Issaquah Press shutting down in February

The Issaquah Press will print its final issue next month, ending the Eastside newspaper’s 117-year run and bringing the latest wave of job cuts to Seattle-area news outlets. The Sammamish Review, the SnoValley Star and the Newcastle News will also cease publication in February. All are owned by the Issaquah Press Group, a subsidiary of The Seattle Times.

A total of 12 people will be laid off: seven newsroom employees, four in advertising, and one in operations, Charles Horton, general manager of the Issaquah Press, told staff members in a meeting Thursday.

Horton said the company spent months looking for tweaks to the business model that could keep the newspapers afloat. Ultimately, he said, expectations for a continued swoon in print newspaper advertising outweighed the savings they could expect with more cuts.

The closures come as advertisers shift their spending toward digital and mobile audiences, often through ad networks overseen by digital advertising giants Google and Facebook instead of traditional media outlets.

In the past two months, NBC News shut down its Seattle-based Breaking News startup, Northwest Cable News aired its final broadcast amid layoffs there, and KOMO 4 cut several positions, including its investigative reporting team. Cuts are also under way at The Seattle Times, where layoffs and buyouts are expected to see 23 newsroom staffers leave, as well as an unclear number of employees in other departments.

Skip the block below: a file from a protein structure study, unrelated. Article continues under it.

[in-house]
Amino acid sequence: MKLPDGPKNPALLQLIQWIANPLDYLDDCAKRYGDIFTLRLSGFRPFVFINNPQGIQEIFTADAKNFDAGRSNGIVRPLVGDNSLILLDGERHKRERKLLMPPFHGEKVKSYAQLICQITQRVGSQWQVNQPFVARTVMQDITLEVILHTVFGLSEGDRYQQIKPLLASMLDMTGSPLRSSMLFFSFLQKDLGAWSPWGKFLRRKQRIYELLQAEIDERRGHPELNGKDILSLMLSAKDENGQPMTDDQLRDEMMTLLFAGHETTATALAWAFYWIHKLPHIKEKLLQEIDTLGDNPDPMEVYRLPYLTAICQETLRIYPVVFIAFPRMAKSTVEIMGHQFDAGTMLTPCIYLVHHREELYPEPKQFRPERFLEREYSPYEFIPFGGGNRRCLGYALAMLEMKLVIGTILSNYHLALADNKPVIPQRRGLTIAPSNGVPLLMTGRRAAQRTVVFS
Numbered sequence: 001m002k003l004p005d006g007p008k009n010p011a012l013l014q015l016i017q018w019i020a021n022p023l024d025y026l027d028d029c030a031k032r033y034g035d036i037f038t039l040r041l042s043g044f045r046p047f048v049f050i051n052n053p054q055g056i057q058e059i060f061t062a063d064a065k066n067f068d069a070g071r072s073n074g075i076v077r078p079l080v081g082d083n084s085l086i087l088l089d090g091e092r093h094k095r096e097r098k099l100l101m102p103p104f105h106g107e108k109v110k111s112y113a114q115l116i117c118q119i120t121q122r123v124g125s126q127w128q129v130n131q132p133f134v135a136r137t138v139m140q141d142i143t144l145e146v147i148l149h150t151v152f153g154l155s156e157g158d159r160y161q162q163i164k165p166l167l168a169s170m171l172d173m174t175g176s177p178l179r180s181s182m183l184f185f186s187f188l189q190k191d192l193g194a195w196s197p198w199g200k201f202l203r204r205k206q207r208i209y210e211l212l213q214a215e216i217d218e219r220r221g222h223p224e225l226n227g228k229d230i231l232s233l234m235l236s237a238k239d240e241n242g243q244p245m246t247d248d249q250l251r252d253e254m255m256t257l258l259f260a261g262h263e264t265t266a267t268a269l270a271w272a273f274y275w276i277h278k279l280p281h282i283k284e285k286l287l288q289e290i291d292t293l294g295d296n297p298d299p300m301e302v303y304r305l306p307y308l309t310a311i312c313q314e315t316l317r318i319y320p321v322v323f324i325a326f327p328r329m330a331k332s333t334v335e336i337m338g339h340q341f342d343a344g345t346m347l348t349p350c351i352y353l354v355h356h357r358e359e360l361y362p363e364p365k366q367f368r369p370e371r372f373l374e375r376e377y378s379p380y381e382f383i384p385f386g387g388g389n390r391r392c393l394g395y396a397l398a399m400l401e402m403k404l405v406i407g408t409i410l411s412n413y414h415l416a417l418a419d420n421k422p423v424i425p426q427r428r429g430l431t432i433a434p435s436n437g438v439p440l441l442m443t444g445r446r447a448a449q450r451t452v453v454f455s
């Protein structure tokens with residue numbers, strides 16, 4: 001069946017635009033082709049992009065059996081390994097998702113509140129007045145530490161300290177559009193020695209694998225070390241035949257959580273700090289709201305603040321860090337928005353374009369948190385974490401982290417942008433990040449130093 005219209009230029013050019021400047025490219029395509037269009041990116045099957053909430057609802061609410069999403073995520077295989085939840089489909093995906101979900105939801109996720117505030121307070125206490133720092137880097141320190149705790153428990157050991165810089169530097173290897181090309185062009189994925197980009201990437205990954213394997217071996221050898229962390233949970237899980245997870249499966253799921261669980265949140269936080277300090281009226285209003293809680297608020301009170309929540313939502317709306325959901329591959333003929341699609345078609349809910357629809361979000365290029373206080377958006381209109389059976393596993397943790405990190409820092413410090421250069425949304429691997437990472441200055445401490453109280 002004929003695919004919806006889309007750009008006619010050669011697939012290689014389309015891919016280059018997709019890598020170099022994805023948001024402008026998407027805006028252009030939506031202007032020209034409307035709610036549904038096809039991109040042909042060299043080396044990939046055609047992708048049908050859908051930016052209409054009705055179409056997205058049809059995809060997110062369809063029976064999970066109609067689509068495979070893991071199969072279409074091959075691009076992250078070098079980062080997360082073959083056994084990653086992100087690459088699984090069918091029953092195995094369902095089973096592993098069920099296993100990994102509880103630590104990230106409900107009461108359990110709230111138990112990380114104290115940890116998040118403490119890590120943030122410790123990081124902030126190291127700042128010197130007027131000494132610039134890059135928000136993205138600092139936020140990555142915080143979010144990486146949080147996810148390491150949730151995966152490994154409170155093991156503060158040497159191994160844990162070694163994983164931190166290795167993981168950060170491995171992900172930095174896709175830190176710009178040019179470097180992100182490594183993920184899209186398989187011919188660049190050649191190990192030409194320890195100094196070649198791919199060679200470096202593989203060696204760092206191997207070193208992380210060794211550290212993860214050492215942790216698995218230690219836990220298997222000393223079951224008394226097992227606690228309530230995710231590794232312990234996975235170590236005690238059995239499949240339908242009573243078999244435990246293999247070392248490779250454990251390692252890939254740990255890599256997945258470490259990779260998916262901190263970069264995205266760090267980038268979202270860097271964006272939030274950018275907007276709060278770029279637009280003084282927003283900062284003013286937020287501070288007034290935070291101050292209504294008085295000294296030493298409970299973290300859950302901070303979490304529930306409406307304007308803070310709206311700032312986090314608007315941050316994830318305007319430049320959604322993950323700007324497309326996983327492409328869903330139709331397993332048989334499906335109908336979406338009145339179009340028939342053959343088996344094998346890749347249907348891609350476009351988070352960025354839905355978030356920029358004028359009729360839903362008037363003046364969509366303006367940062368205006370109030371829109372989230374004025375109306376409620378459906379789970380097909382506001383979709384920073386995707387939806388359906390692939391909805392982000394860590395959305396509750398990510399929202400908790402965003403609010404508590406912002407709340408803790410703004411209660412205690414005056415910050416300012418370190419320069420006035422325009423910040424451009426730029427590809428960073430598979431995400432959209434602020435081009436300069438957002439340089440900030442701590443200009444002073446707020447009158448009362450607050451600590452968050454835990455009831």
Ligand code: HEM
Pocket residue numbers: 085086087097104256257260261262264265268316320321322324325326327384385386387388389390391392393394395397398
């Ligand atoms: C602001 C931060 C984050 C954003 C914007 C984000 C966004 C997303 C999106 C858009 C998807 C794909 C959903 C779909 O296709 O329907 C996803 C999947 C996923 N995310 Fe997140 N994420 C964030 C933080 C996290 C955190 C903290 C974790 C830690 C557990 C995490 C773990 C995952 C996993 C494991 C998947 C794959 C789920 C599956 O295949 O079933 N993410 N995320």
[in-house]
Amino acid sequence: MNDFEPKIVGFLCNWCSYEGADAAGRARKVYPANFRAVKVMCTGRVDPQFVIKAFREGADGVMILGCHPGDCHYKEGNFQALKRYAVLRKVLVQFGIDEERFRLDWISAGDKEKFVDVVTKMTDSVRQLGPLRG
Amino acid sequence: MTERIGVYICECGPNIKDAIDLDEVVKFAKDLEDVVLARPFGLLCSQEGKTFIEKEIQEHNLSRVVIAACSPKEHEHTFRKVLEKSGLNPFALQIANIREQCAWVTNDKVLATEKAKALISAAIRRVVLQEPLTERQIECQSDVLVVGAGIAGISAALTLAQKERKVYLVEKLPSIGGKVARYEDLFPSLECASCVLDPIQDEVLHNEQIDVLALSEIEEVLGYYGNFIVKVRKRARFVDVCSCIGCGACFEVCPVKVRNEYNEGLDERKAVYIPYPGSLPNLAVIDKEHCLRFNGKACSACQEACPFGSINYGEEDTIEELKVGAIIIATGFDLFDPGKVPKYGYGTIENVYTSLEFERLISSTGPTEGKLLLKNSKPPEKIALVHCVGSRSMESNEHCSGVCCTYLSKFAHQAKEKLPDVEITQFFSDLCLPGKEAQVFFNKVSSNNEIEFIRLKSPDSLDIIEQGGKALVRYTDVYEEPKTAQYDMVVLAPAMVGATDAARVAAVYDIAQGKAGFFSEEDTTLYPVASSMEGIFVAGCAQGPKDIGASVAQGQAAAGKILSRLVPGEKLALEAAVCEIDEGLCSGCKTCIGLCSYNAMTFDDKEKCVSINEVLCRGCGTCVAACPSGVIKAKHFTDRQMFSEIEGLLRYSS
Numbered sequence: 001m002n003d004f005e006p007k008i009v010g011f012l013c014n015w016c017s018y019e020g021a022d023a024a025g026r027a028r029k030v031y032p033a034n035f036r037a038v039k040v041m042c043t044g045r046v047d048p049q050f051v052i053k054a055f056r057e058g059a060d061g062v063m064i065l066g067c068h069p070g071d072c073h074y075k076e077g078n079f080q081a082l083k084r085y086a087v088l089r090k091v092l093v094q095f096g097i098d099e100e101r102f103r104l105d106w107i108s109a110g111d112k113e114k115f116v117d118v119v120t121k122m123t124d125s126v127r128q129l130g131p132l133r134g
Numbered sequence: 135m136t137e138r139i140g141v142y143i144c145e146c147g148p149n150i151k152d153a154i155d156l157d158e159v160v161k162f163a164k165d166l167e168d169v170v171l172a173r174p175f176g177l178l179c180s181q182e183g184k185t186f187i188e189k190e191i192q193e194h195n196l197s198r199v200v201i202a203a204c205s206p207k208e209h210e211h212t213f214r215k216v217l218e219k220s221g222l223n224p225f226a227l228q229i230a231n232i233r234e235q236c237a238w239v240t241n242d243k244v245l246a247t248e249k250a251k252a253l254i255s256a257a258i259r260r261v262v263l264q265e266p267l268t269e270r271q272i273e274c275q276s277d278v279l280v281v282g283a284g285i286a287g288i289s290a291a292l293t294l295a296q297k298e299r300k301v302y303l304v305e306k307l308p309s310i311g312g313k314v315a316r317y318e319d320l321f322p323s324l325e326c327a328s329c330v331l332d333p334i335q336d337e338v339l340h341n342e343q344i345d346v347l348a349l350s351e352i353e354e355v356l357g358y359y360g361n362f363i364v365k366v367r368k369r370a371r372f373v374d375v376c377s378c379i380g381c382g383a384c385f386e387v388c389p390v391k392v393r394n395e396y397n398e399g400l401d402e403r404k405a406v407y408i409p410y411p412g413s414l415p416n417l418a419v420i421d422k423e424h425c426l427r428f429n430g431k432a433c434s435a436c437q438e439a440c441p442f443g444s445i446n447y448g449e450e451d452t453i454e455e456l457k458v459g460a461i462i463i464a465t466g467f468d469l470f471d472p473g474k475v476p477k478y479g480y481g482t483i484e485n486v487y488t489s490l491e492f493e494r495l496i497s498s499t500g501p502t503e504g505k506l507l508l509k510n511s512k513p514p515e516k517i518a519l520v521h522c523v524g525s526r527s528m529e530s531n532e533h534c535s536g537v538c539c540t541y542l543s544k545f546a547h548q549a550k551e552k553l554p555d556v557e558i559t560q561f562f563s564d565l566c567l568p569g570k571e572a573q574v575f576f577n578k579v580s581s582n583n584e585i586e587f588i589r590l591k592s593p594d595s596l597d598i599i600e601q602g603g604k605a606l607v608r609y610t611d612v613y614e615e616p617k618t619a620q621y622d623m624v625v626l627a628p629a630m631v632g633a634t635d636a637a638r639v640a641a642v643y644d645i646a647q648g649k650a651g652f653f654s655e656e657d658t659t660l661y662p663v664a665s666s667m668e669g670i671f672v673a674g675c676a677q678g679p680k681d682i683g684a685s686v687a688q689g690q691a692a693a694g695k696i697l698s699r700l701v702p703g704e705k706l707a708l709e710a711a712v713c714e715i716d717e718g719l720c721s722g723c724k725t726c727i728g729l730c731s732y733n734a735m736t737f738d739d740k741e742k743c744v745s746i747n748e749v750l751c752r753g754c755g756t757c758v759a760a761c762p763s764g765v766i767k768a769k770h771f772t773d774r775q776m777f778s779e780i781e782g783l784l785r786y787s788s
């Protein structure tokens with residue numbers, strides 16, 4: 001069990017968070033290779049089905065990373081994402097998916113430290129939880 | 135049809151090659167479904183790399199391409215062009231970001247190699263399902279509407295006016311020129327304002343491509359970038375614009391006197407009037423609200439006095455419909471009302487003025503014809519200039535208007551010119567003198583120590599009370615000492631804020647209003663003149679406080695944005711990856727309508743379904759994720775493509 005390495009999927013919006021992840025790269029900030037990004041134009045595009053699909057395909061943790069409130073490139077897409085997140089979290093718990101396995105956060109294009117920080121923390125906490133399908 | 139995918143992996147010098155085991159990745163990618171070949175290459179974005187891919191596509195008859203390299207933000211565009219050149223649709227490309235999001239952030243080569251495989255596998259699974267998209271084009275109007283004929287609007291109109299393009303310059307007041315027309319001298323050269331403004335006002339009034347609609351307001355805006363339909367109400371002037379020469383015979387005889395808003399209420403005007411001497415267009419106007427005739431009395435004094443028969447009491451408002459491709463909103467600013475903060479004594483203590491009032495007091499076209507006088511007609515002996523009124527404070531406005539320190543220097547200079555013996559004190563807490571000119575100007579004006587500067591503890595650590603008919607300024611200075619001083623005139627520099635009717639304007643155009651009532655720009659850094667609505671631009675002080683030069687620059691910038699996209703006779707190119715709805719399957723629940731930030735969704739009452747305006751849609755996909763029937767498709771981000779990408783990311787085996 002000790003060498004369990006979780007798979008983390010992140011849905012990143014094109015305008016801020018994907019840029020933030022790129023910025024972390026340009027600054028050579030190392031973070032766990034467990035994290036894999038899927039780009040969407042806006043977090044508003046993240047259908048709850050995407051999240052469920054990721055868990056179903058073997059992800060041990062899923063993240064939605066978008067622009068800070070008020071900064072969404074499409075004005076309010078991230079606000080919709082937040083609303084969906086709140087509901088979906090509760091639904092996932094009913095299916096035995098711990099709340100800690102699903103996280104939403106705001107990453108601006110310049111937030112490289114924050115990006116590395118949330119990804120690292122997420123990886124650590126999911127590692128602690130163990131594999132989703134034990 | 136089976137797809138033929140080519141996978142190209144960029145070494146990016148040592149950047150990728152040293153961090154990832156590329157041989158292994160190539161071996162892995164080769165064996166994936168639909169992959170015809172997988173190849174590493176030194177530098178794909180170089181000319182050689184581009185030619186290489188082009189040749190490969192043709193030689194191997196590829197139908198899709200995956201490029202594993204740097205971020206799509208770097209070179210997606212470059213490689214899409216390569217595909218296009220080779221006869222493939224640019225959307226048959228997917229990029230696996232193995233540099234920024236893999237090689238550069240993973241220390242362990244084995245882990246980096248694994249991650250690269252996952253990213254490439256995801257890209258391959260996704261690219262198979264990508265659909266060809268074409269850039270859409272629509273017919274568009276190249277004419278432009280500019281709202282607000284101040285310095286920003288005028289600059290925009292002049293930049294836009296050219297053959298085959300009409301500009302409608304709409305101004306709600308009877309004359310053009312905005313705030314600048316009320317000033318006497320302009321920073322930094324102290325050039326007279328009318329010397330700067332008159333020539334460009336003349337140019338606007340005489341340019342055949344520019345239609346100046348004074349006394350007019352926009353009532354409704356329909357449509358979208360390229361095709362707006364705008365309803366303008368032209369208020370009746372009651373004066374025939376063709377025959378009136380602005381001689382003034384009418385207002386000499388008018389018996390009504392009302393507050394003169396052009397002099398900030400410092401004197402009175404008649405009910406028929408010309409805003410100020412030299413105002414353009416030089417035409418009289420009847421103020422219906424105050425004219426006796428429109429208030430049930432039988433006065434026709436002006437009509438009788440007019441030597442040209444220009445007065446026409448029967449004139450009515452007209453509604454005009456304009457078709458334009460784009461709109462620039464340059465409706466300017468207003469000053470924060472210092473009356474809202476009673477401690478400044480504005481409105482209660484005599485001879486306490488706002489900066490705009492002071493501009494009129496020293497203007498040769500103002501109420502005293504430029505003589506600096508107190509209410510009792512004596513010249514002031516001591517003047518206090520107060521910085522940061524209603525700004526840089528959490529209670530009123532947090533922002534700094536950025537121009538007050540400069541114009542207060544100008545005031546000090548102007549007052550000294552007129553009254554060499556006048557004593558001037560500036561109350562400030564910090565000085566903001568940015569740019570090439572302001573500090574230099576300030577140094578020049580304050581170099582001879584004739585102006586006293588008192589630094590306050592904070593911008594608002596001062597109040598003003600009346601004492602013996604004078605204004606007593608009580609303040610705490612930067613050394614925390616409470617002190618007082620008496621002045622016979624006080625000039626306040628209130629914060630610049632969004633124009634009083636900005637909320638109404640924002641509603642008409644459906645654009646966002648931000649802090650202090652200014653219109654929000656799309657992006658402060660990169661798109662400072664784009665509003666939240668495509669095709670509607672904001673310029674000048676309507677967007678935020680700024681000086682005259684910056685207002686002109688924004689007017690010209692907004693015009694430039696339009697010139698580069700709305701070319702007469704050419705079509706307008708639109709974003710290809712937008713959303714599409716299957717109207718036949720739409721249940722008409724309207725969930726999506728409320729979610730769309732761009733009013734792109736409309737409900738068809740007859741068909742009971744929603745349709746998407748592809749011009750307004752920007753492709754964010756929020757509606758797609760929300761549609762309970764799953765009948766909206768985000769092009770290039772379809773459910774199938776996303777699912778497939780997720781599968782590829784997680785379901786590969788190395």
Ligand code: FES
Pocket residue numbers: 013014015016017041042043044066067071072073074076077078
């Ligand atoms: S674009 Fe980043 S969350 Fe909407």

The four papers slated to close next month are distributed free and have a combined circulation of more than 45,000, the company says.

The Seattle Times acquired the Issaquah Press in 1995, around the period the company scooped up newspapers in Yakima, Federal Way and Des Moines, as well as a chain of Maine newspapers. The South Sound newspapers were shuttered in 1998, and Blethen Maine Newspapers was sold in 2009 during the recession that followed the 2008 financial crisis.

Tracy Press owners buy Chino papers

The Tracy Press family of newspapers grew this week with the addition of the Chino Champion and Chino Hills Champion newspapers in Southern California.

Will Fleet and Ralph Alldredge, owners of the Tracy Press, announced today the acquisition of the 129-year-old weekly paper from Allen P. McCombs, who owned it for 60 years, and his partner Bruce Wood, who was named co-publisher in 2000 and took over as publisher in 2006.

The terms of the sale were not released, but Fleet said Wood had agreed to stay on with the paper for the time being, represent the needs of the community and advise the new ownership team.

“During the last 60 years we have built the 130-year-old Champion into one of the strongest independent community weeklies in the state,” they wrote. “Both Will Fleet and Ralph Alldredge have a long history of operating community newspapers, and are doing so now in Northern California. We have faith that they will continue the Champion newspapers as a vital part of local life.”

The Champion distributes more than 40,000 newspapers every week, The change in ownership is effective Feb. 1.